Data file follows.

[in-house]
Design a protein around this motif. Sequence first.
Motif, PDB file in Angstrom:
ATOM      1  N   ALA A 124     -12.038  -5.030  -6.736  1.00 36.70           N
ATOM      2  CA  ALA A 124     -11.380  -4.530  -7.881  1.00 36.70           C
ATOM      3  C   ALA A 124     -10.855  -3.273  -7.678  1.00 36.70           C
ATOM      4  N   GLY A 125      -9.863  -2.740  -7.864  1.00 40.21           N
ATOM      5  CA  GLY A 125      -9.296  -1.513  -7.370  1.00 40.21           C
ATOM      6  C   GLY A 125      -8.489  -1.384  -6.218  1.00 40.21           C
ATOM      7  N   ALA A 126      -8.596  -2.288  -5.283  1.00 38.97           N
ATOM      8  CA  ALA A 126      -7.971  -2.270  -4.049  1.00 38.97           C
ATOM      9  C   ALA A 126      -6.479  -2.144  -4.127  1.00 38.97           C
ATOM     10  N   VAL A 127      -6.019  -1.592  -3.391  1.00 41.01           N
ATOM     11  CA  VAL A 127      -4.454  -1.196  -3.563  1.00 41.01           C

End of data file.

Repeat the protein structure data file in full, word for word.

[in-house]
Design a protein around this motif. Sequence first.
Motif, PDB file in Angstrom:
ATOM      1  N   ALA A 124     -12.038  -5.030  -6.736  1.00 36.70           N
ATOM      2  CA  ALA A 124     -11.380  -4.530  -7.881  1.00 36.70           C
ATOM      3  C   ALA A 124     -10.855  -3.273  -7.678  1.00 36.70           C
ATOM      4  N   GLY A 125      -9.863  -2.740  -7.864  1.00 40.21           N
ATOM      5  CA  GLY A 125      -9.296  -1.513  -7.370  1.00 40.21           C
ATOM      6  C   GLY A 125      -8.489  -1.384  -6.218  1.00 40.21           C
ATOM      7  N   ALA A 126      -8.596  -2.288  -5.283  1.00 38.97           N
ATOM      8  CA  ALA A 126      -7.971  -2.270  -4.049  1.00 38.97           C
ATOM      9  C   ALA A 126      -6.479  -2.144  -4.127  1.00 38.97           C
ATOM     10  N   VAL A 127      -6.019  -1.592  -3.391  1.00 41.01           N
ATOM     11  CA  VAL A 127      -4.454  -1.196  -3.563  1.00 41.01           C